Let’s get this straight once and for all – Twitter is not a waste of time. Nowadays with so much blatant proof on major news sites, blogs and TV on how Twitter is impacting the world, there is no excuse to think that way.
In case you missed it the massive Egyptian protests were powered by YouTube, Twitter, Facebook and TwitPic, and Twitter and Facebook helped many with the Japan Earthquake in keeping track of real time updates on how to reach your friends or family. Major events like the Emmys are crossing the line of TV and Twitter by creating a real time conversation with the at home audience and increasing viewership dramatically.
Yet something I hear all the time is:
`How does all this relate to me using Twitter as a useful tool for business?’
Let me answer by saying in so many wonderful ways! As a social media coach I’m fortunate to work with clients who are ready to embrace Twitter and learn exactly how to use this tool to build an online presence, spread their brand message, show their expertise and reach new customers and clients.
In this post I want to help you understand how to do this too, because at a local level people are creating an amazing business ecosystem through tweets. On Friday during my Social Media Bootcamp I asked my Twitter community this question:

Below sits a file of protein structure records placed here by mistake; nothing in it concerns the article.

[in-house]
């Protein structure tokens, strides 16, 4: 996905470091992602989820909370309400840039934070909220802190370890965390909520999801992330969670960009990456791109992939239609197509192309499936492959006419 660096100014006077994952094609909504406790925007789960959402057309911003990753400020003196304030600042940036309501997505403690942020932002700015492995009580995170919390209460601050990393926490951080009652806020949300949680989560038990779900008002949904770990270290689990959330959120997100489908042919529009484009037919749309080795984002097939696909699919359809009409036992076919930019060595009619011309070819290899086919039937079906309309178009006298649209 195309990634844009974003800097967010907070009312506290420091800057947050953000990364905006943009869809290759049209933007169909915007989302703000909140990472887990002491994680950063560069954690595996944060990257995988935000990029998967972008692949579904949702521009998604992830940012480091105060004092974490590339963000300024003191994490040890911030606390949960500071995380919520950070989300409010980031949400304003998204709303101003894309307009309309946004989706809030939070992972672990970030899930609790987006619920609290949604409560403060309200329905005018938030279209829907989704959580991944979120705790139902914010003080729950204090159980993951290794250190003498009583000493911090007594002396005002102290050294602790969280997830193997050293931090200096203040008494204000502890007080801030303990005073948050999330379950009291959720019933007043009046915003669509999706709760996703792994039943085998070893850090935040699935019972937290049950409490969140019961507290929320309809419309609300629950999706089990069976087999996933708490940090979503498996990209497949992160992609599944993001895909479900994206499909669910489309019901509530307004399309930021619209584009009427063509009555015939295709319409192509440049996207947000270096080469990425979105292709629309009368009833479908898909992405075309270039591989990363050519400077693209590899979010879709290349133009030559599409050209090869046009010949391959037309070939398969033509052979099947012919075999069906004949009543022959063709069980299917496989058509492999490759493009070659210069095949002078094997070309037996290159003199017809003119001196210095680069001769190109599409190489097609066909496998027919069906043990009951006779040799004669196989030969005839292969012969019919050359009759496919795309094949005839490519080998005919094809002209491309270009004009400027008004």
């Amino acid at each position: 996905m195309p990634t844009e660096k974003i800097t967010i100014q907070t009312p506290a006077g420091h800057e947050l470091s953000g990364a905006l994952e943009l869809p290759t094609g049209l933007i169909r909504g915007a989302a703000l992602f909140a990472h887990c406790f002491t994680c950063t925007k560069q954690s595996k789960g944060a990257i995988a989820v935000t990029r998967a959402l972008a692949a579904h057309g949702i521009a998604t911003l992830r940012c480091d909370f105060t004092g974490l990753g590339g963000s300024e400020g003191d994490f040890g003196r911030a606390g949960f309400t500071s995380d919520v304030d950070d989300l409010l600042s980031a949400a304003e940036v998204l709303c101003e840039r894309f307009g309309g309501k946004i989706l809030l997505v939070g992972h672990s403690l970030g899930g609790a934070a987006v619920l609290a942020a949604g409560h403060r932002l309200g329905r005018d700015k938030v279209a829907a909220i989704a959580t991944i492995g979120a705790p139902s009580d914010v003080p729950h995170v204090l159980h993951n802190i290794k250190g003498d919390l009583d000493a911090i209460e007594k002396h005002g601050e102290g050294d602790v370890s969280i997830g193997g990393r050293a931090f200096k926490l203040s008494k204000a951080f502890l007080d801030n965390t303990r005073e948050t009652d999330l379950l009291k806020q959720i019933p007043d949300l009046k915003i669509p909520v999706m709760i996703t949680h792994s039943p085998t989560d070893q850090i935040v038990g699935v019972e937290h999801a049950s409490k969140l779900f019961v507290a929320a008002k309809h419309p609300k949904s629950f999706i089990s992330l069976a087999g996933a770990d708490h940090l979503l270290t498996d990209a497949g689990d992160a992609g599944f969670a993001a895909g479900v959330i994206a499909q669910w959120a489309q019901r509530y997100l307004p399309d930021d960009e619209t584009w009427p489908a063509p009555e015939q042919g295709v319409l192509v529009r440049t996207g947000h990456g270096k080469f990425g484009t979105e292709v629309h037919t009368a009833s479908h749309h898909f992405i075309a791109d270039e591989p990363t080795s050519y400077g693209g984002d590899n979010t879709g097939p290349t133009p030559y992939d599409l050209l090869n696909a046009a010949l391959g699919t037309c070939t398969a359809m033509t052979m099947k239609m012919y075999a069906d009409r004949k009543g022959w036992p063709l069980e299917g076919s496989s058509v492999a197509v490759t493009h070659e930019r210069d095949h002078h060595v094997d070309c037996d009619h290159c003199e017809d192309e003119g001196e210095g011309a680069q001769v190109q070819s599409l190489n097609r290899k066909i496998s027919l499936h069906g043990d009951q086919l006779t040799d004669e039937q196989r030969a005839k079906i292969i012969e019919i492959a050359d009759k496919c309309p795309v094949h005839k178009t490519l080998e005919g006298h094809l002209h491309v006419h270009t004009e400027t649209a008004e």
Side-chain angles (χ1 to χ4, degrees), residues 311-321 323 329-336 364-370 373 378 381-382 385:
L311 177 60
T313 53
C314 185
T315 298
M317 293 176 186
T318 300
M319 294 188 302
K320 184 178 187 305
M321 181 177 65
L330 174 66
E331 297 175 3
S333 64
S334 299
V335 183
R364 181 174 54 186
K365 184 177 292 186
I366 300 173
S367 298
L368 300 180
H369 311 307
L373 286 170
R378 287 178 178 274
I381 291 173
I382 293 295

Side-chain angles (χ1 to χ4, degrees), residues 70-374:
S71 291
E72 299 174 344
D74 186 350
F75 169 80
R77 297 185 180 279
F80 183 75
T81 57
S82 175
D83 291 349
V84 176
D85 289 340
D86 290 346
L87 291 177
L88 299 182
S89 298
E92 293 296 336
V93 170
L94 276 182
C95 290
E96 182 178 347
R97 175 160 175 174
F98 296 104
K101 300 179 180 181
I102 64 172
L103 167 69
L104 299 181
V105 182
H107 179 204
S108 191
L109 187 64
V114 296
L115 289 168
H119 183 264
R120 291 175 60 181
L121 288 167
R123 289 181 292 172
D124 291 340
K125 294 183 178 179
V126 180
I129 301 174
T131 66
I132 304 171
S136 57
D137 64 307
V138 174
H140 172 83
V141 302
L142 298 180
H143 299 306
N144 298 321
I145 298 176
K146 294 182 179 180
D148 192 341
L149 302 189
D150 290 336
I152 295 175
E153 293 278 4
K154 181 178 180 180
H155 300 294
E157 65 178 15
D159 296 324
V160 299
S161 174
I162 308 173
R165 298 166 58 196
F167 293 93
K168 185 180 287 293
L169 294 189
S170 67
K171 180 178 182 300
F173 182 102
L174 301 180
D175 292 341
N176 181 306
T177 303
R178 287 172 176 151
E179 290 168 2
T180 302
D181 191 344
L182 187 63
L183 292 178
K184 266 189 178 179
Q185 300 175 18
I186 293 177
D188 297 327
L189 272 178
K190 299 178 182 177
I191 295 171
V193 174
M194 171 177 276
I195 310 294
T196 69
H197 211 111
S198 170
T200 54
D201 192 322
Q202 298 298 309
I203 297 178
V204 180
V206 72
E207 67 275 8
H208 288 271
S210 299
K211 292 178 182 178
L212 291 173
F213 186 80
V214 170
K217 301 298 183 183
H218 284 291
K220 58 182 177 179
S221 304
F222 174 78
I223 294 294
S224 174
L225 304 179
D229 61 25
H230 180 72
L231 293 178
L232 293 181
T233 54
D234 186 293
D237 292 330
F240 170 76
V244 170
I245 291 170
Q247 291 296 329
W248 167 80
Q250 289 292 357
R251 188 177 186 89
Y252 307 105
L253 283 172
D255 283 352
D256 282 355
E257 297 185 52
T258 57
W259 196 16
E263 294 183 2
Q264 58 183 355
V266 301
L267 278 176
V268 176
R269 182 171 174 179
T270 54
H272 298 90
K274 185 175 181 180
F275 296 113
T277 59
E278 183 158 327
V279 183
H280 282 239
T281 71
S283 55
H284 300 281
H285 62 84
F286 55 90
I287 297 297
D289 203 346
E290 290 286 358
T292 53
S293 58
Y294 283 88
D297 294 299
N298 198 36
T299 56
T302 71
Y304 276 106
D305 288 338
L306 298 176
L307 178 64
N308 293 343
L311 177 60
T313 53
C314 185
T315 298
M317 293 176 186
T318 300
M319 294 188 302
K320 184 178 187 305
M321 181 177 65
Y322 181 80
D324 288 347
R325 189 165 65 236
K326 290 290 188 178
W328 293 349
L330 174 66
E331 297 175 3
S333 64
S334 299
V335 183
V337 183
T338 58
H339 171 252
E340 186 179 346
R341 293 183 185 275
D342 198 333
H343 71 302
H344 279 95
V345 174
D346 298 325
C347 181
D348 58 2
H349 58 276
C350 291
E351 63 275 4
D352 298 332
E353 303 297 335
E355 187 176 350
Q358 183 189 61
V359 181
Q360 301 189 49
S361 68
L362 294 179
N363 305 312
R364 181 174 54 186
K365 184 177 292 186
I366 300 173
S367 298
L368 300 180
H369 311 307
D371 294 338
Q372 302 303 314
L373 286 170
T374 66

I got several responses within minutes of posting it from entrepreneurs and small business owners like you and me who had tangible proof of how they are making money on Twitter. Simply by responding to calls for help, expertise and opportunities from individuals and companies, these savvy tweeters are gaining new clients, customers and freelance projects. How brilliant is that!
There are plenty of people doing it and below I share three responses to my request for real-life examples of Twitter as a business tool.
Taking Twitter To The Real World And A $1,000 Writing Contract
“I’ve been following a local consultant on Twitter for some time and wondering how I could connect with her. Recently I recognized her at a networking event from her Twitter avatar and introduced myself with “Hi! I follow you on Twitter!” She seemed pleased, asked me many questions about my business, and referred me to a new client the very next day! She even recapped our introduction on her own Twitter account. I’m very happy to be working with her and her clients on copywriting and editing projects now.” ~ Jessica Oman,Business Consulting and Writing, www.writeahead.ca
Using Mojo To Stand Out From Thousands To Land Clients
“I used to use an app called Tweetbeep to track keywords that are tweeted (it seems to have gone up in smoke now though) and when I was starting out I would track “Virtual Assistant” (my profession). I replied to a tweet that was caught by the service and she hired me straight away – the biggest reason is that I was easy to chat with, straight forward, and didn’t have 10,000 forms for her to fill out! I think a mistake that some VA’s make is asking the client/potential client to do sooooo much work up front. No entrepreneur has that time – that’s why they’re looking for a VA! Basically, she liked my mojo and how I stood out from the thousands of other VA’s on twitter…which is no small feat!” ~ Stephanie Lee, Virtual Assistant, www.scratchpadsecretaries.com